Wednesday, October 5, 2011

Review: "East Wind Returns" by William Peter Grasso

Review - East Wind Returns

What if the Trinity test explosion fails because of a design failure of the implosion device? What if through accidents and negligence the available enriched uranium of the US nuclear bomb program has been destroyed, forcing the United States to go ahead with its planned invasion of the Japanese home islands? And worse, what if the Japanese themselves have built their own nuclear device, using the enriched German uranium?

Set against the impending - and later, unfolding - events of Operation Downfall (specifically: Operation Olympic, the invasion of Kyushu), Grasso spins a very convincing story. With the American uranium stores destroyed in a fire - with both scientists and army guards blaming one another - and the initial plutonium-based device not working, President Truman sees no alternative other than to go ahead with putting American boots on Japanese ground. Unbeknownst to the him, the Japanese have successfully tested an atom bomb of their own off the coast of Korea and are now planning to put their remaining weapon to good use. The Navy opts for a suicide run against either San Francisco or the invasion fleet. The Imperial Army wants to use the weapon on a key invasion beach to inflict horrible casualties on MacArthur's task force and break the US spearheads in two. And the new prime minister secretly prays for common sense to prevail and a peace deal to be reached.

Like much the Japanese Navy proposed during the latter days of WW II, their suicide run turns out to be impractical. The weapon is too large to be carried inside even their bigger submarines, and to be activated they would have to surface and manually prime it - in the middle of enemy forces. Thus the task of putting the bomb to good use is awarded to the army. The author also explains quite vividly why a delivery by airplane would be impossible for the Japanese.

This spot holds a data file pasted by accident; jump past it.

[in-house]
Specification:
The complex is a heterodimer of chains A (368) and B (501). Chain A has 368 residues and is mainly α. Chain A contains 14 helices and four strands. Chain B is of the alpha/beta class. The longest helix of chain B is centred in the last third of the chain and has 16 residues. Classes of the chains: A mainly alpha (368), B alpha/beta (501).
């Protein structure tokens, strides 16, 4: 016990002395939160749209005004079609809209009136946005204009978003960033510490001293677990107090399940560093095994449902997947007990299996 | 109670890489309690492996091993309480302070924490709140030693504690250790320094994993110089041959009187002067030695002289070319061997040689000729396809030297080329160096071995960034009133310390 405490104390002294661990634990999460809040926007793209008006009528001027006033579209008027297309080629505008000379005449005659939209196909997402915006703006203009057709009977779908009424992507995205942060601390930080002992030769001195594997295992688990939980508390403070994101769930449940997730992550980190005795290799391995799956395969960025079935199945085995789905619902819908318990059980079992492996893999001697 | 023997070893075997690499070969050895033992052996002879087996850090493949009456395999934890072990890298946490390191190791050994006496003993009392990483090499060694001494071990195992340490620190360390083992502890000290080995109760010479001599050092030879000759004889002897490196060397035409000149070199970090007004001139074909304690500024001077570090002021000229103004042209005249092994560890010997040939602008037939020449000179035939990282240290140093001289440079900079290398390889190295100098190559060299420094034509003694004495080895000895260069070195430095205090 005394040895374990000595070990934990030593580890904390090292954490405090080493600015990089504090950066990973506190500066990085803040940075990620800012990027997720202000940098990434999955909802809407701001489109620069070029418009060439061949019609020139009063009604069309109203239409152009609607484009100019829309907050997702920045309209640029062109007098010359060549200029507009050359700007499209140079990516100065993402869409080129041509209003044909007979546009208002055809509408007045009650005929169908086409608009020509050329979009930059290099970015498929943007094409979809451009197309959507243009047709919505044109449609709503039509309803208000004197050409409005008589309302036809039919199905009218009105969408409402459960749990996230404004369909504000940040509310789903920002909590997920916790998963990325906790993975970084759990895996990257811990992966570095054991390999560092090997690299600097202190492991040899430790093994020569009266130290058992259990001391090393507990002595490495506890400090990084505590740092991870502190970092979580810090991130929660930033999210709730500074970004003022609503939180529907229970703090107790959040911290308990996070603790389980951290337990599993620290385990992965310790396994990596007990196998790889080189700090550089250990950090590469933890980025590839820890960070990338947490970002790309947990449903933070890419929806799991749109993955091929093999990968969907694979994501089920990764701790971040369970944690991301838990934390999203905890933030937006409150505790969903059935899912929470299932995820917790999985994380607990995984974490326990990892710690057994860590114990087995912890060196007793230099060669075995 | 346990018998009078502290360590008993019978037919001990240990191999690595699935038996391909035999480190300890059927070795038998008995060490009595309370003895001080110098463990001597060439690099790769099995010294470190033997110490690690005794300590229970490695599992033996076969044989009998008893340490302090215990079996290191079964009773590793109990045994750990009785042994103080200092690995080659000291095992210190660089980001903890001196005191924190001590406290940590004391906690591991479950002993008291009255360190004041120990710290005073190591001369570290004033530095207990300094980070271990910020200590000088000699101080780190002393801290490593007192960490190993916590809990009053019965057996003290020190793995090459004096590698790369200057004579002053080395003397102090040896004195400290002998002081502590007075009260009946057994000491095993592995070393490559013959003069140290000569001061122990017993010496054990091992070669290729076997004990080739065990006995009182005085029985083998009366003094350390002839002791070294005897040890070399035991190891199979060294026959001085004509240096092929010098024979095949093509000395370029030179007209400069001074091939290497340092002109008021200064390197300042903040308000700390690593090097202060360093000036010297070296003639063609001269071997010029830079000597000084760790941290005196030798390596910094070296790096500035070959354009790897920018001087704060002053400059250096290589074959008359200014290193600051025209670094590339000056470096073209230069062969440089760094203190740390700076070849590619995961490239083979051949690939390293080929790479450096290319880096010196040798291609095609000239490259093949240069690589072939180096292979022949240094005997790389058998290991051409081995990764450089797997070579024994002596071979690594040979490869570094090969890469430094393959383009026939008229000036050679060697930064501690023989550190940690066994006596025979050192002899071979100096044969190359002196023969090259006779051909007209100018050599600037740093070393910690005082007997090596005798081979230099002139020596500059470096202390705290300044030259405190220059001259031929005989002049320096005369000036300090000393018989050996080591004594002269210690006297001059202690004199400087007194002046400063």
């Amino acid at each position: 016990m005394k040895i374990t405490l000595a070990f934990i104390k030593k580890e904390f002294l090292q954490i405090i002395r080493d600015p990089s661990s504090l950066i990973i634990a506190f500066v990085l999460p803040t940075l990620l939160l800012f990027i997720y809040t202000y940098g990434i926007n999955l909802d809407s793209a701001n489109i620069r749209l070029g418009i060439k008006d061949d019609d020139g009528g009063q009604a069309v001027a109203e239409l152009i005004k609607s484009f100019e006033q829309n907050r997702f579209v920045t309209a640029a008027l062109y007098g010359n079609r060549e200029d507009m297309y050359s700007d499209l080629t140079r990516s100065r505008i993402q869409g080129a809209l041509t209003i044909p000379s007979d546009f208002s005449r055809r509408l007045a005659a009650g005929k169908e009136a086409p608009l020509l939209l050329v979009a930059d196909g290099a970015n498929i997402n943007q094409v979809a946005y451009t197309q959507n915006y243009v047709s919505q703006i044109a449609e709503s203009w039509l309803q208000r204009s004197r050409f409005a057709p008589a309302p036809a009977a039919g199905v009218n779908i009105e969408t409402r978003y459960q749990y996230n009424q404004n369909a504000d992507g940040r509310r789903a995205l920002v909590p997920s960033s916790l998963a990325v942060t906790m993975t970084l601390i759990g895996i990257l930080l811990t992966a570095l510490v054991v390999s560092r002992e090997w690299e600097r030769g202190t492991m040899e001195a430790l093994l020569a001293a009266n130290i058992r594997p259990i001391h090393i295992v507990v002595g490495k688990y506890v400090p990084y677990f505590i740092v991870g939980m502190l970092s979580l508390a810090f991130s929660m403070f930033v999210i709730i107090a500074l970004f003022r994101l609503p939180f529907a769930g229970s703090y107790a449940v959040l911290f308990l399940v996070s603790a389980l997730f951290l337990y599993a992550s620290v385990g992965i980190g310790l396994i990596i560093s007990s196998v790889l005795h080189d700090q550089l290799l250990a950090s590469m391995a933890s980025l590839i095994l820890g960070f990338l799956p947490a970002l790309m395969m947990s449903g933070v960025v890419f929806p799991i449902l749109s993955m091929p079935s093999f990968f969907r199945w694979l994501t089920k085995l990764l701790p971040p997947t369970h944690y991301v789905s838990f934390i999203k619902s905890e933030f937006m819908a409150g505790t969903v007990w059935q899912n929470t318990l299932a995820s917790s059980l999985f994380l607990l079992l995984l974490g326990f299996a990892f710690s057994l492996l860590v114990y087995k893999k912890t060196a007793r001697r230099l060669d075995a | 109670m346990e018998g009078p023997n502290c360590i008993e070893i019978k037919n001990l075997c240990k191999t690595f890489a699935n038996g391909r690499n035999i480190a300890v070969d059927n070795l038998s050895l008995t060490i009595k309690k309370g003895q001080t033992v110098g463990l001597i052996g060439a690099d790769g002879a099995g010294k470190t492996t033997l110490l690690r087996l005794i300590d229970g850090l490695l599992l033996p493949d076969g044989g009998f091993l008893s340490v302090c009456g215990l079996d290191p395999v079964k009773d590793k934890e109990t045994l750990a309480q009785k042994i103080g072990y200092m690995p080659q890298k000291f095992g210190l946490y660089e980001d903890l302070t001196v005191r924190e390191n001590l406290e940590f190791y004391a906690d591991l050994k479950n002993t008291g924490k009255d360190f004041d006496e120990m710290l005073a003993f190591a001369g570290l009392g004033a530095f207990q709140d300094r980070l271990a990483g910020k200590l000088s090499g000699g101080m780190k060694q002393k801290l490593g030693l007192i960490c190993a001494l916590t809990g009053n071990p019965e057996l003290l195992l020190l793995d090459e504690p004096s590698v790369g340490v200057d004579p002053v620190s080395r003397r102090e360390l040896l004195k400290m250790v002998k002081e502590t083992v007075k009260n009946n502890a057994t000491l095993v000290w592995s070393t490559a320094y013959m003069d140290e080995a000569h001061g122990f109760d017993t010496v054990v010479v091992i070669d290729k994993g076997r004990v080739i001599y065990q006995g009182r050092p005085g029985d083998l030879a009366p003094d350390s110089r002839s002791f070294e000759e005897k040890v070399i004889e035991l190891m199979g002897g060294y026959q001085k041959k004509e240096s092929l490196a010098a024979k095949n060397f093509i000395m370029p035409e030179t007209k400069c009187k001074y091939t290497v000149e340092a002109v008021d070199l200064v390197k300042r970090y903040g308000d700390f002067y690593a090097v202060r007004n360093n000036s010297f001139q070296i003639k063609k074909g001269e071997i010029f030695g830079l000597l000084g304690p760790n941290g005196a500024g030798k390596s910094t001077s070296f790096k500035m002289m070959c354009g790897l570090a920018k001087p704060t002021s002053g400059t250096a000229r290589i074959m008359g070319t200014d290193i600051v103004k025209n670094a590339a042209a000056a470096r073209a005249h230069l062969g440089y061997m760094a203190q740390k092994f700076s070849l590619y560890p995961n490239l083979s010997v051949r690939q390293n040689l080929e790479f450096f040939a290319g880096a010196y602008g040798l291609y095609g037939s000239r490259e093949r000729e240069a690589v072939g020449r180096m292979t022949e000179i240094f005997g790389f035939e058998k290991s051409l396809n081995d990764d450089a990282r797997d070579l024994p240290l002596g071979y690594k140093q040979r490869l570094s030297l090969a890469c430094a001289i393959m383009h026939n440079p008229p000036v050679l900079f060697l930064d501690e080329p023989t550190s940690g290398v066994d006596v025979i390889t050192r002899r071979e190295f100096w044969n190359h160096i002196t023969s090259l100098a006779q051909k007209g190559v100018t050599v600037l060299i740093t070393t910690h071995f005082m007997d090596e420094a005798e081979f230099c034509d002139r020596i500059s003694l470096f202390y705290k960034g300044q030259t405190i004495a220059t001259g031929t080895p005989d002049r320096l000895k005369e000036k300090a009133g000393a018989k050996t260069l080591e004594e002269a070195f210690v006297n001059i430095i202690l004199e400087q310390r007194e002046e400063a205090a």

In an already strong novel, these are the strongest parts. It clearly shows that Grasso knows his trade, filling the flight scenes with just the right mix of technical knowhow and lively imagery. It is here where the danger of flying lurks just beneath the surface: mechanical and human failure can turn even straight flights in good weather into deadly events. It only gets worse when its cold, you're flying through anti-aircraft fire, and you've got Japanese fighters on your tail.

I've got to commend Grasso for his choice of tense and point of view. The author employs a strange mix of past and present tense narration, but at no point in the novel was I put off by that. In fact, it immersed me deeper into the story, making it actually feeling closer, more personal.

The main POV character of East Wind Returns is Cpt. John Worth, a recon pilot operating from an airfield on Okinawa. He's an expert flyer, and we witness most of the story through his eyes as he experiences the uncertainties and dangers of war: new comrades appear, only to never return from a mission; the Japanese adapt their tactics to ever more deadly ones; trouble brews back on the base with a pampered fighter jock; and true love blossoms between him and Lt. Marjorie Braden. Grasso writes a believable love story in the face of war without it being cheesy or overbearing, and quite unlike what I thought when I began reading the novel, it adds to it more than I thought it would detract (let's face it: most people can't write good romance).
There's not a single character in it without a certain depth to him or her; even the secondary ones are more than fleshed out. If I sound as if I'm heaping praise on East Wind Returns... well, I am, deservedly so. Without it feeling rushed or shortened, Grasso manages in barely 90,000 words to feature a love story, the story surrounding an American invasion of Kyushu, a nuclear plot, personal rivalry and - something I criticized as severely lacking in my last fiction review, Hitler's War - a look on the macro-perspective, showing the discussions and decision-making of the Japanese and American leadership.

Final Verdict: A. This is the hallmark of a well-structured novel. It's got everything: alternate history, adventure, drama, and a love story. And even better, you can get East Wind Returns on Amazon or Smashwords for only $0.99, and the paperback is also reasonably priced. I highly recommend you get this gem.

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